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(News Focus) Lee's state visit to U.S. a celebration of ever-strengthening alliance

All Headlines 04:00 October 16, 2011

By Chang Jae-soon

CHICAGO, Oct. 15 (Yonhap) -- South Korean President Lee Myung-bak's state visit to the United States was a celebration and display of Seoul's ever-strengthening alliance with Washington as the two allies take another big leap forward with a historic free trade agreement.

Congress went to great lengths to approve the trade deal while Lee was in town, inviting Lee to address a rare joint session of the House and the Senate. The U.S. government also invited Lee to an unprecedented security briefing at the Pentagon while President Barack Obama took Lee out to an unusual private dinner at a Korean restaurant.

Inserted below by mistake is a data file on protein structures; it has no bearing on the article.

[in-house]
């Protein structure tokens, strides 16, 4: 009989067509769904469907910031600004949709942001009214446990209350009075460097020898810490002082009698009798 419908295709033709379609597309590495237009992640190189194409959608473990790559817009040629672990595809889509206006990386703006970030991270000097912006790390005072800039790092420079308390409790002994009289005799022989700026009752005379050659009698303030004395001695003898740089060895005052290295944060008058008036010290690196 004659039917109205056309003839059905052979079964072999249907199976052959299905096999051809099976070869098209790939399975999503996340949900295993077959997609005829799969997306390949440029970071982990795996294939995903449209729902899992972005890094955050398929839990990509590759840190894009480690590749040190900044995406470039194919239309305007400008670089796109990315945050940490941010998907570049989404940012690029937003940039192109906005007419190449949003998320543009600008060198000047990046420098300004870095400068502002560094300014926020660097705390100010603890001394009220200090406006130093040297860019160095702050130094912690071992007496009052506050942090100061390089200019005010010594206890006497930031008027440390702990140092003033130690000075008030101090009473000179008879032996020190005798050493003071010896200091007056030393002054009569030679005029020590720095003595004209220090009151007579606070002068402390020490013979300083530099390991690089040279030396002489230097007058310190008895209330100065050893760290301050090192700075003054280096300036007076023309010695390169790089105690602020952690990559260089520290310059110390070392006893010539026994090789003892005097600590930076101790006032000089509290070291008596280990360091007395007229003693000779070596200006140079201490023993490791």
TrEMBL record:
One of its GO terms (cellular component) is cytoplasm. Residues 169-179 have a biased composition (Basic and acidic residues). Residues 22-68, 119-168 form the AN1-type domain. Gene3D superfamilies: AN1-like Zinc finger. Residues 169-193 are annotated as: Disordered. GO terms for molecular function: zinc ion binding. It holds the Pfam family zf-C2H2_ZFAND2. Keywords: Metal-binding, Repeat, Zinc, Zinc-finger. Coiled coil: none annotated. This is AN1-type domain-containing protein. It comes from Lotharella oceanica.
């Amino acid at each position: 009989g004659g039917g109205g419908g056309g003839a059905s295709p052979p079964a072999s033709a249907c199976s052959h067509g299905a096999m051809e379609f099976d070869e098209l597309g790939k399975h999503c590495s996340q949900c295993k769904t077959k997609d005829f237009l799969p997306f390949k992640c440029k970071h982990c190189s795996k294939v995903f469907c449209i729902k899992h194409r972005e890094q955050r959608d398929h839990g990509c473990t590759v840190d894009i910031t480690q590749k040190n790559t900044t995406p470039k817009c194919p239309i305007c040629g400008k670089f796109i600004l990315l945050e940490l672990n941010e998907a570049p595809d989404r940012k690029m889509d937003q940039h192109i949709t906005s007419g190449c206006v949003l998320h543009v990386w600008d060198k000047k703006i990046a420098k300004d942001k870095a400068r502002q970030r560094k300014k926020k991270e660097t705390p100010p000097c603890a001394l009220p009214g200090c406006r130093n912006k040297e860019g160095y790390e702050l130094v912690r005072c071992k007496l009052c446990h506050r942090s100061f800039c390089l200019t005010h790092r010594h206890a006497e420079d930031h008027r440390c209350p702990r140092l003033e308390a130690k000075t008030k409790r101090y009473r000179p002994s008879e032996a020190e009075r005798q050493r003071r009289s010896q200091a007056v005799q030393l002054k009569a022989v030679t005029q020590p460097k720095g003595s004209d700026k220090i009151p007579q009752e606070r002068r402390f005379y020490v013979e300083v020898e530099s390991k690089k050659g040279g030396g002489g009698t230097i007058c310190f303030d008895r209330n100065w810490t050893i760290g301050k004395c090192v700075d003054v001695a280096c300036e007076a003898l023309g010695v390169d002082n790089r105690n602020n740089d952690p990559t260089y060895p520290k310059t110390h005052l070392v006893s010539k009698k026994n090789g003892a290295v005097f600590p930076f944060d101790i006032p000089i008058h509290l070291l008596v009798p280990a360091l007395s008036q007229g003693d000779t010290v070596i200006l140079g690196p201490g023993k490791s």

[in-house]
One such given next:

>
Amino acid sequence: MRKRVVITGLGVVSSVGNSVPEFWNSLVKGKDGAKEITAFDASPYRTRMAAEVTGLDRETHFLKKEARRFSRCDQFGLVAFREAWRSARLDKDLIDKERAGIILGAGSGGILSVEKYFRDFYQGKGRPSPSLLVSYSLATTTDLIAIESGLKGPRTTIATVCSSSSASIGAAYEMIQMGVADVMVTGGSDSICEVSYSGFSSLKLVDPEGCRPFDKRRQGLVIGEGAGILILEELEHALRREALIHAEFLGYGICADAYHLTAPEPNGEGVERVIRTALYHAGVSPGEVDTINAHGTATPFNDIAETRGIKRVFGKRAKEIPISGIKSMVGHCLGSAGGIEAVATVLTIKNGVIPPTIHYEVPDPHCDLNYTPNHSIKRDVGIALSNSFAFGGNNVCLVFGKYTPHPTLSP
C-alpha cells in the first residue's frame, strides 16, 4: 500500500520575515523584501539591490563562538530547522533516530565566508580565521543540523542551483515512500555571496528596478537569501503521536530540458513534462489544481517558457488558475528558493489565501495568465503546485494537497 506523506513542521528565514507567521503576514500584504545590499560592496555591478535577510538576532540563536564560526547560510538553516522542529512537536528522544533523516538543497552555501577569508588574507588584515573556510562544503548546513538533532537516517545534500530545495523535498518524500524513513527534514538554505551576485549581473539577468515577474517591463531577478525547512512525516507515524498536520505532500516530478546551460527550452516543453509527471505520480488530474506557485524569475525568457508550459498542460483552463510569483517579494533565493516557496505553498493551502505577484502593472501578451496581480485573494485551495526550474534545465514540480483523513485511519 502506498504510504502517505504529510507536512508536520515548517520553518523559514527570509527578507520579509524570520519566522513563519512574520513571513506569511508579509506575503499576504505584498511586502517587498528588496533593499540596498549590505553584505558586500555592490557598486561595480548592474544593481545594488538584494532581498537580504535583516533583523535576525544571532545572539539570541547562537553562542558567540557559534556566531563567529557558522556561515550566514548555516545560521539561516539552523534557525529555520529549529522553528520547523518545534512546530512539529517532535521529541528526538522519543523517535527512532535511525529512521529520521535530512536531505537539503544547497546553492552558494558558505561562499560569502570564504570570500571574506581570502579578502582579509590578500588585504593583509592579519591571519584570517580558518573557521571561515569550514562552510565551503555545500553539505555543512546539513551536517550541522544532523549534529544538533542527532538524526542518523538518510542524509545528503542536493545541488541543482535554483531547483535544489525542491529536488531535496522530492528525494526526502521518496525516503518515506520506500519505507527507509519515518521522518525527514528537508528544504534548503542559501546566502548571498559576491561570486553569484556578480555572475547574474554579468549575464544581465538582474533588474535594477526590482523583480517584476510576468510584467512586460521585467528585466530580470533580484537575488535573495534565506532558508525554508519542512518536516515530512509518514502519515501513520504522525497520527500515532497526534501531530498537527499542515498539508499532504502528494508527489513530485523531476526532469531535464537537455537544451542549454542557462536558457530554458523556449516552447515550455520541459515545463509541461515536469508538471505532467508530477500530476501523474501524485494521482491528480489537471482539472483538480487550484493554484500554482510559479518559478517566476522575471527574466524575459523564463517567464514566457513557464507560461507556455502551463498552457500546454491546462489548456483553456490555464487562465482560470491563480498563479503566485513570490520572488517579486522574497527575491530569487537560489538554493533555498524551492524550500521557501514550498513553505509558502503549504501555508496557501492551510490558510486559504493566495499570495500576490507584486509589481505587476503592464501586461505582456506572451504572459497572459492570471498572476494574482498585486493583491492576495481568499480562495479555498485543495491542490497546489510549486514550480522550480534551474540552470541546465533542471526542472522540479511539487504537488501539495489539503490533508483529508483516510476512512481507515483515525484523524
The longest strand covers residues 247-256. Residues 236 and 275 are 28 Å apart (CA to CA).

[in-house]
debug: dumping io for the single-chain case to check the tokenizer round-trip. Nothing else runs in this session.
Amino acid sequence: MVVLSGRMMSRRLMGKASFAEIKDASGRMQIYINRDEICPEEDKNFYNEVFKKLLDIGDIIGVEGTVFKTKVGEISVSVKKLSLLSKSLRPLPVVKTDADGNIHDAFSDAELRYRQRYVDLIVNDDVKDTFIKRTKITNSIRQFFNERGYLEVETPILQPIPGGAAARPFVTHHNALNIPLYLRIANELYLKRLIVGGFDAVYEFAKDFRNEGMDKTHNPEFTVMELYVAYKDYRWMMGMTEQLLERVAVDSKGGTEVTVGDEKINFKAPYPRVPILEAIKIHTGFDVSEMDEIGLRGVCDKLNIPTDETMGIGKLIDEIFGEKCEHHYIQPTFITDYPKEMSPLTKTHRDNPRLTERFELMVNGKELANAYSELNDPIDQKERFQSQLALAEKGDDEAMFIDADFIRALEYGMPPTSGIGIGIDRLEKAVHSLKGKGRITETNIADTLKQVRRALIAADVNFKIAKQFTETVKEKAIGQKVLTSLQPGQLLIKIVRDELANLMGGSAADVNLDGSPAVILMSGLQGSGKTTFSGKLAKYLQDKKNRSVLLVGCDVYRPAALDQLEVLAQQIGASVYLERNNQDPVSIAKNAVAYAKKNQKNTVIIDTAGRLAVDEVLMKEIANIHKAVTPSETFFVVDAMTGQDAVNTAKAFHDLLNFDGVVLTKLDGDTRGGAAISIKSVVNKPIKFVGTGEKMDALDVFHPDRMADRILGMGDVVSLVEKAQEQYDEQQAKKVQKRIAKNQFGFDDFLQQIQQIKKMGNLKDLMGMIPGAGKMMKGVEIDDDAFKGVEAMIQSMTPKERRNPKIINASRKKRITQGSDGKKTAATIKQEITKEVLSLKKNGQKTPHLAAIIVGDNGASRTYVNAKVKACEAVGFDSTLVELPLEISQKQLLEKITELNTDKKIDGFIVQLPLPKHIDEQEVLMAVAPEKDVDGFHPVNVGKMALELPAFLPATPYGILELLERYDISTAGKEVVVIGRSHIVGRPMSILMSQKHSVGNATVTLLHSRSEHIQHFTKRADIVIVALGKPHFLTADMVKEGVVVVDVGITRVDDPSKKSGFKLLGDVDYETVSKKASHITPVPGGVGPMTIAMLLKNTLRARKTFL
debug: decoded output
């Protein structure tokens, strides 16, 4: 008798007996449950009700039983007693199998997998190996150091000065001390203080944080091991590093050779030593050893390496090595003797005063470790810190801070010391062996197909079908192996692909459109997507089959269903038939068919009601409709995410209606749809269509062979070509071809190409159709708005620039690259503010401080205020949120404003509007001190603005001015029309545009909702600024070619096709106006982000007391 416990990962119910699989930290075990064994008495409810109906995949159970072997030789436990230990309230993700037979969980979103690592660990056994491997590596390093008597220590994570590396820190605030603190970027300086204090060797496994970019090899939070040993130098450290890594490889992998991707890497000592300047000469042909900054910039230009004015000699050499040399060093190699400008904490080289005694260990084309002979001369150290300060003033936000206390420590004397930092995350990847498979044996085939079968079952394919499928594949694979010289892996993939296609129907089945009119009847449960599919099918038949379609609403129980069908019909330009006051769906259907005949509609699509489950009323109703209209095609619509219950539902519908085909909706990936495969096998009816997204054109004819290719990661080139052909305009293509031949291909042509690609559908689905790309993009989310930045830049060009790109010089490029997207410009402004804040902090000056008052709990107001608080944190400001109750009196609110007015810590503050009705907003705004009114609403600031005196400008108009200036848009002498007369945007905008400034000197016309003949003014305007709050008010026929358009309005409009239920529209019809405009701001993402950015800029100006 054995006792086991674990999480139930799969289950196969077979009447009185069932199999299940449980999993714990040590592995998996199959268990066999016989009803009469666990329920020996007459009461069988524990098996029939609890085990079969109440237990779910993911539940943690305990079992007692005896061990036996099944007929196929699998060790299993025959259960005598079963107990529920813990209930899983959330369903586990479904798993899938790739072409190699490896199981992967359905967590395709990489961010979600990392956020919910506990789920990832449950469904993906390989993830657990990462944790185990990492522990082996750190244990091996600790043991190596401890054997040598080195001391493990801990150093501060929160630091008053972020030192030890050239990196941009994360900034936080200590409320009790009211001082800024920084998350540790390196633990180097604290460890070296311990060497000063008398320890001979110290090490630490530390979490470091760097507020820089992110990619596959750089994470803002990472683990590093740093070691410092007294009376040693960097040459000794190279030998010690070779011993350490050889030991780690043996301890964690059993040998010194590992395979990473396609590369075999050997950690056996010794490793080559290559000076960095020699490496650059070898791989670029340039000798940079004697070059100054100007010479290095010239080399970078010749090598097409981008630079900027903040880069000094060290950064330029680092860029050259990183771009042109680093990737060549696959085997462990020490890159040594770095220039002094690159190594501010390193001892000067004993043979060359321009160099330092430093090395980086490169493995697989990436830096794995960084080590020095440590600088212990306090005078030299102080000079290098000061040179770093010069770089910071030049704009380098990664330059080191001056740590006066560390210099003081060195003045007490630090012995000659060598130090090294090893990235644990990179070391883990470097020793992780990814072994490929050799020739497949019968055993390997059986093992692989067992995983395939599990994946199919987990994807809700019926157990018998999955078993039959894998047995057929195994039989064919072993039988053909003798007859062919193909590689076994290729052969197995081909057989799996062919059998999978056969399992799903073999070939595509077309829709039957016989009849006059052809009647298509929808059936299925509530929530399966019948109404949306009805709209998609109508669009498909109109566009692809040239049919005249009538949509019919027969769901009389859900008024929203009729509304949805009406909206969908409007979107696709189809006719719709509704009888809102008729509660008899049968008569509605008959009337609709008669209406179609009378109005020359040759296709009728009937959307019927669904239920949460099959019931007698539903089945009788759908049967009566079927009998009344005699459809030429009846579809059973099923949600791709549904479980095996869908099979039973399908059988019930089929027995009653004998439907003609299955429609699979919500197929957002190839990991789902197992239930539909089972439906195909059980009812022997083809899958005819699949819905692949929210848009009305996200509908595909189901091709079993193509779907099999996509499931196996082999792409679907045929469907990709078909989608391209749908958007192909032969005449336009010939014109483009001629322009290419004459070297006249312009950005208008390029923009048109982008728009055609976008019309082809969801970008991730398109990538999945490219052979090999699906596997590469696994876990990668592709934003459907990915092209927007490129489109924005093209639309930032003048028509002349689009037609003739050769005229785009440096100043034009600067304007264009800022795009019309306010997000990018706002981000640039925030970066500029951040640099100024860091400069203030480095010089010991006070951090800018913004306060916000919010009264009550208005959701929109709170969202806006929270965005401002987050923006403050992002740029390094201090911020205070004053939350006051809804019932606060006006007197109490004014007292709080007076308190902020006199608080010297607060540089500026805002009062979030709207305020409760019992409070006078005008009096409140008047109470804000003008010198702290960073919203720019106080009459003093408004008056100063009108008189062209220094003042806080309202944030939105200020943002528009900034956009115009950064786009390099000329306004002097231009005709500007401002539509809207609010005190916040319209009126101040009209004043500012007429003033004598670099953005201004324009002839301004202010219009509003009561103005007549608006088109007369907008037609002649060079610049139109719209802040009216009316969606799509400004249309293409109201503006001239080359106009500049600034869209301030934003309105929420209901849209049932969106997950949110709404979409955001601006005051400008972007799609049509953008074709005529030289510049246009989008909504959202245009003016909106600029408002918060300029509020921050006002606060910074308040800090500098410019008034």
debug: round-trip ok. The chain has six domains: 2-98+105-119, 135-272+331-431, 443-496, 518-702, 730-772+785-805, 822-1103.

In addition, Obama traveled together with Lee to Detroit, the heart of the U.S. auto industry, a move aimed at showing their commitment to the trade accord that had raised concern among U.S. critics that it could pose a threat to American automakers.

All these are considered reflections of the importance the U.S. places on its alliance with Seoul.

"I can never say it enough: The commitment of the United States to the defense and security of the Republic of Korea will never waver," Obama said during a joint press conference with Lee. During a welcome ceremony ahead of summit talks, Obama said the alliance is "unbreakable."